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He's Back to Baghdad after Surprising Family



Brian Hopkins with his sister Deanna VaskasHis surprise visit was spoiled by tarrying too long in Wyalusing where Deanna spotted him.



He looks relaxed, tanned and fit. You might take him for someone who has recently vacationed on a tropical isle. We all know there hasn't been much sun to go around in northeastern Pennsylvania this rainy, dreary summer, and indeed Brian Hopkins spent this summer—and spring for that matter—in warmer, sunnier climes.

But Iraq is no place to take a vacation, especially in the uniform of an American soldier. Hopkins, a 32-year-old husband and father of two young boys, is down to his final few days of leave. On Saturday he'll begin his flight back to Iraq and the dangers he faced on a daily basis in that country. His job is to provide security and escort to "subject matter experts." He can't really go too far into what that term means, because it is classified information.

"Sometimes I don't even know what they do," says Hopkins, a staff sergeant and squad leader, who notes that it is really none of his business. "My job is to get them there and pick them up. We're a mobile collection team."

But for a couple of weeks in August, he got to come back to Bradford County, with a week's hiatus to Canada sandwiched in between. It was a surprise he pulled off quite well on his parents, Dave and Judy Hopkins, and other family members. His leave was arranged to coincide with an annual family get-together north of the border. His parents, aunts, uncles and cousins had no idea he would show up there last week, and he had his folks believing his leave wasn't likely to come until December, barely three months before the end of his scheduled year's tour of duty.

"The hardest part was lying to my mom," he says with a grin. "But the surprise was worth it."

His sister, Deanna Vaskas, who is an advertising representative for The Rocket-Courier and The Rocket Shopper, wasn't supposed to know either—not until her brother returned from Canada anyway—but he made the mistake of tarrying too long in Wyalusing after arriving home and Deanna caught him in the act.

It was a tearful reunion and Brian says Deanna was able to keep the secret from the rest of the family until he pulled off his Canadian surprise.

Hopkins, who joined the National Guard right out of high school, is assigned with Bravo Company, 2-103rd Armor. He notes that when he joined the guard he was in the infantry, ended up in armor and is now closer to being military police. Actually, he is not with an MP unit, as is another local guardsman, Ben Chamberlin.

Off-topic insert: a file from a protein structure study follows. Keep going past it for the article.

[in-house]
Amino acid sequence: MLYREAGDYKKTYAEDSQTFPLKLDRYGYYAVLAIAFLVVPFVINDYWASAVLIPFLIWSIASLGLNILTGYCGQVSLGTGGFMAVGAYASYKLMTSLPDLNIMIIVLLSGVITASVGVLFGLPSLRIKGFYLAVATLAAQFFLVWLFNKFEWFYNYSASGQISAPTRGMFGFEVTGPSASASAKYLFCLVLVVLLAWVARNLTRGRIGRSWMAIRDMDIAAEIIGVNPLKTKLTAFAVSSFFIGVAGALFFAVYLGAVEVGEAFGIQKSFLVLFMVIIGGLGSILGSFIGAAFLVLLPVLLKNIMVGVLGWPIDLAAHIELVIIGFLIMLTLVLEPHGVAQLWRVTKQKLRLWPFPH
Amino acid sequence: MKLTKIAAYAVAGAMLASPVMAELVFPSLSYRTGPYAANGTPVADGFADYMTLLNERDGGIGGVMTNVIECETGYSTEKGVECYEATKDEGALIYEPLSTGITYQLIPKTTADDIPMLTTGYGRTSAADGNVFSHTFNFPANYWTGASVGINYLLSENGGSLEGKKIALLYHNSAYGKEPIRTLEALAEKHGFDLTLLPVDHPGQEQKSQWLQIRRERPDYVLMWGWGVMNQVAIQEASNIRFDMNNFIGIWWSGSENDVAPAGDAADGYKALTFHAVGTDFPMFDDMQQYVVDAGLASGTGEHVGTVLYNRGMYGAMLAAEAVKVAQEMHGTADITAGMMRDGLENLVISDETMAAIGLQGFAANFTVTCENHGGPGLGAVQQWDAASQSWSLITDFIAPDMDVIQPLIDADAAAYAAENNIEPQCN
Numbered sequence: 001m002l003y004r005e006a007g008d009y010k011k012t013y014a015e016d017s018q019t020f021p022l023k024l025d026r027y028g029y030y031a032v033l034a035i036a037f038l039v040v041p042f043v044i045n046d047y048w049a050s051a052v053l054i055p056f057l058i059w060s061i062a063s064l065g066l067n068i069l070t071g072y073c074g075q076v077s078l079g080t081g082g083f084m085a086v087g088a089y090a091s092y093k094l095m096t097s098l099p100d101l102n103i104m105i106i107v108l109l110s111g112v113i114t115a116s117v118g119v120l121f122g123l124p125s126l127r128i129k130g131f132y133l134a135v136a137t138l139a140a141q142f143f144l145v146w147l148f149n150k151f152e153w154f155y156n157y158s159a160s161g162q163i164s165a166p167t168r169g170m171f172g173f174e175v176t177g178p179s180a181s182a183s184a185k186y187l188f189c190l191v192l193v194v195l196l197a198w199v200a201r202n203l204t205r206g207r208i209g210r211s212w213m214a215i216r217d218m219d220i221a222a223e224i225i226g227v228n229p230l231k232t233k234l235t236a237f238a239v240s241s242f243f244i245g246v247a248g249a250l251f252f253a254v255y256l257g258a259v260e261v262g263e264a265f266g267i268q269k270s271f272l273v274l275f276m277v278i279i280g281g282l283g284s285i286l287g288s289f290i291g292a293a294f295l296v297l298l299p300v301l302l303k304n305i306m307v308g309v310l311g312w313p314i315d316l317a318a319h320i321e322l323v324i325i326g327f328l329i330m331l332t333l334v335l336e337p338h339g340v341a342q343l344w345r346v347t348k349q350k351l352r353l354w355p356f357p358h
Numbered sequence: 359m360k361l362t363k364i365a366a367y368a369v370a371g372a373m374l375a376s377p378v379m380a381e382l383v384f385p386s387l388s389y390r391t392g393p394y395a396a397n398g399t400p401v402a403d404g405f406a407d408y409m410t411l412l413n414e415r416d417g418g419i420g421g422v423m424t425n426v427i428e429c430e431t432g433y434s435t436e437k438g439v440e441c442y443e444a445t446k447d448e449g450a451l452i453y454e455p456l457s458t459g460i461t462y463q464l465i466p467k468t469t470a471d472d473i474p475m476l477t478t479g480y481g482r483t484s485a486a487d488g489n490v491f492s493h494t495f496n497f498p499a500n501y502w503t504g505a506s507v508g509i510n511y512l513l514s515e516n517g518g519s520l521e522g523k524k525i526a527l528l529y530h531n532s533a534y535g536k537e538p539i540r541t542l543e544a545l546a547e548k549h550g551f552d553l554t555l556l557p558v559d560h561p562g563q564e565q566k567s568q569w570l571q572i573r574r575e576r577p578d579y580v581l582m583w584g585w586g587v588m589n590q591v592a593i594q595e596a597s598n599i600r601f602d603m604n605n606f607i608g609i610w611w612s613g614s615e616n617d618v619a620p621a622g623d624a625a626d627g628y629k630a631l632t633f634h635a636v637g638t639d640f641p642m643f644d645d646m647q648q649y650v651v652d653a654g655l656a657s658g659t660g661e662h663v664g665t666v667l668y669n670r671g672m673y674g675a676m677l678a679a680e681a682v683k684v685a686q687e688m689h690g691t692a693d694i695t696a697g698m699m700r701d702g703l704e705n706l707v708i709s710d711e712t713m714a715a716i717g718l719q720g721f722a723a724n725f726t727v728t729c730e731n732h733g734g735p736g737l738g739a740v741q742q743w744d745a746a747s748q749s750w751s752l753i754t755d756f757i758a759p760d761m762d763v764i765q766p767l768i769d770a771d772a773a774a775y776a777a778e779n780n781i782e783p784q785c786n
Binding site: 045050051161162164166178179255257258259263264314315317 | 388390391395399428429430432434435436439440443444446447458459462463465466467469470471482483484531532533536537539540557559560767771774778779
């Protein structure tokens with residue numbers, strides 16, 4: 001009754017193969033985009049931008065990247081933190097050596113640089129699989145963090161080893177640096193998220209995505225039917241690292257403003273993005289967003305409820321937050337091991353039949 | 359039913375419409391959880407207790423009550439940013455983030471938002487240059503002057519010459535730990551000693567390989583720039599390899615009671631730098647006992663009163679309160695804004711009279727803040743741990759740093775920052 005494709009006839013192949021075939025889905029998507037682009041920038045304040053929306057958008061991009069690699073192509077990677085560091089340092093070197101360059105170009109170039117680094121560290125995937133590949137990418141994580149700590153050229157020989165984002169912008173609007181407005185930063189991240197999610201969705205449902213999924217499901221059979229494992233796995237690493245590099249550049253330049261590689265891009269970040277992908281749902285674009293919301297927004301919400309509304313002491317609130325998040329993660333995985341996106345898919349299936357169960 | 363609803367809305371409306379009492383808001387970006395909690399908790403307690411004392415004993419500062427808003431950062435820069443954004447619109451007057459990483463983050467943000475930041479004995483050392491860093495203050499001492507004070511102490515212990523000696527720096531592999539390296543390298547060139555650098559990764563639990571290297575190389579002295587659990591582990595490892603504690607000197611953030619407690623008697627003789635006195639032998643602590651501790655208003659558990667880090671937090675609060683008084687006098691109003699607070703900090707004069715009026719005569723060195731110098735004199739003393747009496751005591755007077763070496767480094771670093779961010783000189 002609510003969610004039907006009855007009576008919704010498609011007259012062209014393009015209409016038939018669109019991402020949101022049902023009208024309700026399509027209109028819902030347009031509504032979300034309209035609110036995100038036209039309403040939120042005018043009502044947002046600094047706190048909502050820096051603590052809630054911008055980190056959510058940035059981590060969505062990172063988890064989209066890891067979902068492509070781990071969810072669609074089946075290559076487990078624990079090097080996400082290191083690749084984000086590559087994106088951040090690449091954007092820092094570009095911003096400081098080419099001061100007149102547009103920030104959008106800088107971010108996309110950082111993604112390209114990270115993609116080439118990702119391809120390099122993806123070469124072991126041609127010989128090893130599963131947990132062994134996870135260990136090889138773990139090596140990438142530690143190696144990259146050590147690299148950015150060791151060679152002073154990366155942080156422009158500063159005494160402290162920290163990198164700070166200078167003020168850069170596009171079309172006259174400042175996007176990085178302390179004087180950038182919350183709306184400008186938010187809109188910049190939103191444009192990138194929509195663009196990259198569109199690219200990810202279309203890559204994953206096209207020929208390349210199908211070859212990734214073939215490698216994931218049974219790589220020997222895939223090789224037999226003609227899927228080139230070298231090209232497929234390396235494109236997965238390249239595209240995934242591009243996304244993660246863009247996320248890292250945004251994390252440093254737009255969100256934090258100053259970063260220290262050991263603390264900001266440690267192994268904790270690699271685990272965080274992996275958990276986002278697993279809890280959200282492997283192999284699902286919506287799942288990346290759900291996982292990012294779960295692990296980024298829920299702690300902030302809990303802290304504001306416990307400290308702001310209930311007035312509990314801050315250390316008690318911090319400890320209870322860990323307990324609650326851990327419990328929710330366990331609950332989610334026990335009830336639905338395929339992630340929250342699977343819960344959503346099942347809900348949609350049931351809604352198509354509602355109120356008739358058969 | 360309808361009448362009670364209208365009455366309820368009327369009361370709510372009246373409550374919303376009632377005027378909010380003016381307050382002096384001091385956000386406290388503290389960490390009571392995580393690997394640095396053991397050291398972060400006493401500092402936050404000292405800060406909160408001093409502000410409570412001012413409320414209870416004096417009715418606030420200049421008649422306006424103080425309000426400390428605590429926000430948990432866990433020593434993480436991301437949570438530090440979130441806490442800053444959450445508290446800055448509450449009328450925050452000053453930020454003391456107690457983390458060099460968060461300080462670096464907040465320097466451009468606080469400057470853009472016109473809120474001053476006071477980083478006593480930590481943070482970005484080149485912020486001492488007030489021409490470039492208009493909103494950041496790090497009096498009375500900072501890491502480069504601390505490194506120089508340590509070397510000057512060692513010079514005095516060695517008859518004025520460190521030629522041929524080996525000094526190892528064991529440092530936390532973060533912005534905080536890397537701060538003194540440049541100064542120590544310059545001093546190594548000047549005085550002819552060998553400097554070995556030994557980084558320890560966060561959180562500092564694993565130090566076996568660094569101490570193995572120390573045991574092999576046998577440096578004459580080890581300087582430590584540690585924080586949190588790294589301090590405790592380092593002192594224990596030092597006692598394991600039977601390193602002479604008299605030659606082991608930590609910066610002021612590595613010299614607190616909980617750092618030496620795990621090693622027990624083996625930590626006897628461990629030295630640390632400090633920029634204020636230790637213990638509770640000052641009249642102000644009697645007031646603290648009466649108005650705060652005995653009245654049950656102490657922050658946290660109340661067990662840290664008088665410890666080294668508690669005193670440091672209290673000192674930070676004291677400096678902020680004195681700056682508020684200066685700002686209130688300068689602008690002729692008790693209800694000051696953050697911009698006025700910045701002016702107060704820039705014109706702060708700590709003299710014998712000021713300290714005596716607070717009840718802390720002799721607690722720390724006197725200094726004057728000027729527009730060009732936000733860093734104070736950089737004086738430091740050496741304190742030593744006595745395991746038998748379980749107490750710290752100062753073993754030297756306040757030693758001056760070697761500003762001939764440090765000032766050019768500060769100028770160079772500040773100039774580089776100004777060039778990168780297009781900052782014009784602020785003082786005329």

"We're called the Ready Team and I guess you can say we're sort of convoy security," he notes. Stationed at Camp Slayer, located, as some of its denizens like to say, "in beautiful downtown Baghdad," the buildings formerly serviced Saddam Hussein's Baath Party loyalists. Hopkins points out that "we even get to swim in Saddam's pool."

Indeed, Camp Slayer, which serves as home in Iraq for the northeastern Pennsylvania-based 103rd Armor, is not a bad place to live. They have access to telephones and a computer room means the ready availability of the internet and emails back and forth to loved ones back home. There is a gymnasium and recreation center with big-screen TV's and pool tables. It is a different world for the modern warrior, but that doesn't make it any less dangerous when they are out on the streets. That is, after all, a big part of the job for this Wyalusing Valley High School graduate who grew up in the peaceful village of Camptown. He and his 12-person team are out once or twice a week in their armored Humvees doing their job.

"When you are out there, you have to keep your head in the game," says Hopkins. "You let your mind wander and it can mean your life or that of someone you are responsible for." The streets of Baghdad, particularly certain sectors, are dangerous, with threat of insurgents or terrorists around every corner. Most of their assignments are in the area they call "the Green Zone," with side trips to danger areas like Fallujah. Hopkins says you get used to it, and it is a mindset to which you learn to adapt. If you don't, the stress might bring you down.

Getting a leave to come back home and see his family in the middle of his tour is something Hopkins really appreciates. There is only one regret about coming home. "We get pretty close to each other over there and you come over here knowing they are still over there fighting." Since he was one of the last of his team to take his leave, it wasn't a major guilt trip for him.

Does this leave policy, which is bringing soldiers home in droves this summer and fall, only to return to finish up their tours, interrupt the continuity of their missions?

"When you leave, your job has to be picked up by someone else," he concedes. "It gets done. Teams even share personnel to help with that, and there is usually someone else on your team who can fill in for you."

Overall, he feels that breaking up a soldier's tour with a leave is good for morale, something to look forward to. Who, after all, would not take an opportunity to be back home with your family—in Hopkins's case, wife, Atisha, and sons, Brady, three and a half, and Daylan, one?

As for life in Iraq, his experience is that "70 to 80 percent are friendly and all most of them want is food, water and money." He can't help but being sympathetic to their plight, particularly seeing how it affects the children.

"It is really hard to see that," he confesses. "It gets me thinking of my two kids and what it would be like for them if they had to live that way."

But for a few days in August, he was able to escape war for a while and spend time with those kids and remind himself how lucky they all are to be Americans.





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